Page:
Take That have not had a Christmas No.1 single – and were kept off the top this year by none other than Mr Blobby. “Babe” had knocked Blobby off top spot earlier in December, only for the pink creature with yellow spots to return to number one for Christmas. It was the first time a song had left and then returned to number one since 1968. Take That would also sit at No. 2 in the Christmas charts of 2006, denied by X Factor winner Leona Lewis. I’m sure the irony isn’t lost on Gary Barlow, who went on to be a judge on the show. Don’t bemoan their singles misfortune for long, however, because Take That have enjoyed three Christmas No.1 albums.

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1994 – Mariah Carey      “All I Want for Christmas Is You”

East 17 pulled off the Christmas coup of keeping Mariah off top spot by adding bells galore to the backing track of “Stay Another Day” – along with furry parkas and snow to their video. Carey can take some consolation from the fact her tune annually re-enters the festive charts and is considered a Christmas classic in the UK and the US.

1997 – Teletubbies      “Teletubbies say ‘Eh-oh!!’”

Another of those novelty bids for number one – thwarted by the Spice Girls in a way Take That couldn’t manage with Mr Blobby. Must be “Too Much” girl power.

1998 – Chef      “Chocolate Salty Balls”

Another no to novelty – courtesy of a “Goodbye” from those pesky Spice Girls. Chef is a character from the expletive-ridden animated series “South Park”.

1999 – Cliff Richard      “Millennium Prayer”

“Millennium Prayer” would hit the top – just not in time for Christmas. That honour went to “I Have a Dream” by Irish boy band Westlife: their only Christmas No.1 single. Cliff was denied his fourth. He also sang on Band Aid II’s number one in 1989, which means he was part of the Christmas No.1 three years in a row. Incredibly, Cliff has also been Christmas No. 2 on four occasions – more than any other artist.

2003 – The Darkness      “Christmas Time (Don’t Let the Bells End)”

There had been no out-and-out Christmas record at No. 1 on Christmas Day since “Saviour’s Day” in 1990. The Darkness were set to change that until a remake of Tears For Fears’ “Mad World” grew an unstoppable following.

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2005 – Nizlopi      “JCB Song”

“JCB Song” was number one the week before Christmas. And then there was…Simon Cowell. This could have been the year would-be makers of Christmas novelty records realised they could not match the X Factor juggernaut. Shayne Ward was the programme’s first Christmas chart-topper with “That’s My Goal”. By 2007, British bookmakers decided Christmas No.1 was such a foregone conclusion because of the X Factor that they instead took bets on Christmas No.2.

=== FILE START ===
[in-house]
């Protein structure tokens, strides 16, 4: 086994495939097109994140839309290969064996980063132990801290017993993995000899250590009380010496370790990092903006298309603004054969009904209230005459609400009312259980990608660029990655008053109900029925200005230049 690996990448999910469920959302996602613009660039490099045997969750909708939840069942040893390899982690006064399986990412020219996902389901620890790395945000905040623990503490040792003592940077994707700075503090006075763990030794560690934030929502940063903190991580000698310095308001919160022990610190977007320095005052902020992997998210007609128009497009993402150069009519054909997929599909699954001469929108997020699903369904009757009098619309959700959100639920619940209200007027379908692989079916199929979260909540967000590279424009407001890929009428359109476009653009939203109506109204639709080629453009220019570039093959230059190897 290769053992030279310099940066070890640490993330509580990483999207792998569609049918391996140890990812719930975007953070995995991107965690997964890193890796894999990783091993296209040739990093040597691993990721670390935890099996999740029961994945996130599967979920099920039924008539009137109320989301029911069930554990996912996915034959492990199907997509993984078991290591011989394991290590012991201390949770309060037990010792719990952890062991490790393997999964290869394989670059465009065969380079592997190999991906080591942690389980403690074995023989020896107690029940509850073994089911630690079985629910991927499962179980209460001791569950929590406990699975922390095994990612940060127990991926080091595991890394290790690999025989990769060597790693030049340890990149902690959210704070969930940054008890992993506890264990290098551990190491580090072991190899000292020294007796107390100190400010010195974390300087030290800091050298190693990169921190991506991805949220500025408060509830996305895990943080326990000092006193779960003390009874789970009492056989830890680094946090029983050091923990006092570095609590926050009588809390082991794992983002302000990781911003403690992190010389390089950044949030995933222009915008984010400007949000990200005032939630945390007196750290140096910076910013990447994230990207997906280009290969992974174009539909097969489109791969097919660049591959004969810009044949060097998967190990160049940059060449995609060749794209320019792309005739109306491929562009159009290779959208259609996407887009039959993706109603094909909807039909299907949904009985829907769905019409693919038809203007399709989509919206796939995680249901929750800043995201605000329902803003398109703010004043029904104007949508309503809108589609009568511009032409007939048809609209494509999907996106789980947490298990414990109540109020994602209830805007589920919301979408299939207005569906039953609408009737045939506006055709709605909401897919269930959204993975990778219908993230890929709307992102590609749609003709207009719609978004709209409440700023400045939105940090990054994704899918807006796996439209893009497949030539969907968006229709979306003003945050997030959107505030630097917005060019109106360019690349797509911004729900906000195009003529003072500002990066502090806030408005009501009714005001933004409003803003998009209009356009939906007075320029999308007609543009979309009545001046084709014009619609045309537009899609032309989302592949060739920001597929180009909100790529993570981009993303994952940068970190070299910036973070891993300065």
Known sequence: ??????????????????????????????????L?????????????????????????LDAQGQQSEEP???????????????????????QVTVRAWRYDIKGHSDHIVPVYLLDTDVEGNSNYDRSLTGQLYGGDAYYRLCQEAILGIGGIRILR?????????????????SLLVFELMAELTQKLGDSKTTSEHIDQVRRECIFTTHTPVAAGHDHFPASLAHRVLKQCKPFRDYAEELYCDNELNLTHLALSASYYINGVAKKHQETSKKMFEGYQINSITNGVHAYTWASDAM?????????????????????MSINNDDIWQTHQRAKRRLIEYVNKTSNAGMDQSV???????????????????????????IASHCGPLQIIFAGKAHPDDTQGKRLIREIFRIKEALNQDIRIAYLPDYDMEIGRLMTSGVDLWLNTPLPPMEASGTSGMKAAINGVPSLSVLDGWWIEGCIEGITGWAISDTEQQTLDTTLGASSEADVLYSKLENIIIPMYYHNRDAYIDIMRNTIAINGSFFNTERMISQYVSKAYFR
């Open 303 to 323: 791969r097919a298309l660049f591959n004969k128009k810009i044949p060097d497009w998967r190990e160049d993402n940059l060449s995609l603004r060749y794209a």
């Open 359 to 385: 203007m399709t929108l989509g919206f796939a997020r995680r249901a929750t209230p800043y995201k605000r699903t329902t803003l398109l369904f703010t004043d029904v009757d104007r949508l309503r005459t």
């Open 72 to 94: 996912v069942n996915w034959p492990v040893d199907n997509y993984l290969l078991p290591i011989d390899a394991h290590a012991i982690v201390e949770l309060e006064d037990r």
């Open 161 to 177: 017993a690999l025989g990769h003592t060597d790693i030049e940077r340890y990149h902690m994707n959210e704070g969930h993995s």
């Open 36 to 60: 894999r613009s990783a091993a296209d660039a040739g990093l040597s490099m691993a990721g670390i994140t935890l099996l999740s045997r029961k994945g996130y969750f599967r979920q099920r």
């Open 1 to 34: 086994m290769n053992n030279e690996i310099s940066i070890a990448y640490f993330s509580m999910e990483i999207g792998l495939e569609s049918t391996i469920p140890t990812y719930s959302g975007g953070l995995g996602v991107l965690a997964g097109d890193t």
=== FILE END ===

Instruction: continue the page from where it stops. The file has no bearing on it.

2008 – Jeff Buckley      “Hallelujah”

The X Factor on top again with Alexandra Burke’s “Hallelujah” – but in this new world of downloads, her success triggered interest in other versions. The late Jeff Buckley took the number two berth with his 1994 track and Leonard Cohen’s original appeared at number 36. It was the first time in 51 years that the same song occupied the first two places in the UK charts.

2009 – Joe McElderry      “The Climb”

A backlash against a procession of X Factor Christmas No.1s saw a social media campaign back Rage Against the Machine’s 1997 track “Killing in the Name” – for many, the loud, explicit and angry antithesis to manufactured X Factor winners. Joe McElderry paid the price, although would reach number one the following week.

2013 – Pharrell Williams      “Happy”

X Factor power restored. After two years of missing out on top spot at Christmas – Little Mix in 2011 and James Arthur in 2012 – Sam Bailey took the honours from the current chart supremo Pharrell with “Skyscraper”. The gifted Mr. Williams was number one the following week and stayed there well into 2014.

2015 – Justin Bieber  “Love Yourself”

Pop superstar Justin Bieber put his weight behind a charity song, asking his own fans to buy that single and make it Christmas No.1 instead of his own track “Love Yourself”. It worked. Lewisham and Greenwich NHS Choir’s “Bridge Over You” took top spot, with Bieber at two. Justin’s kind gesture was rewarded in early January 2016 as he became the first artist ever to simultaneously occupy the top three places in the UK charts.

Elf Helper: Click here to visit our Christmas Number Ones page for a complete list of UK No.1 singles.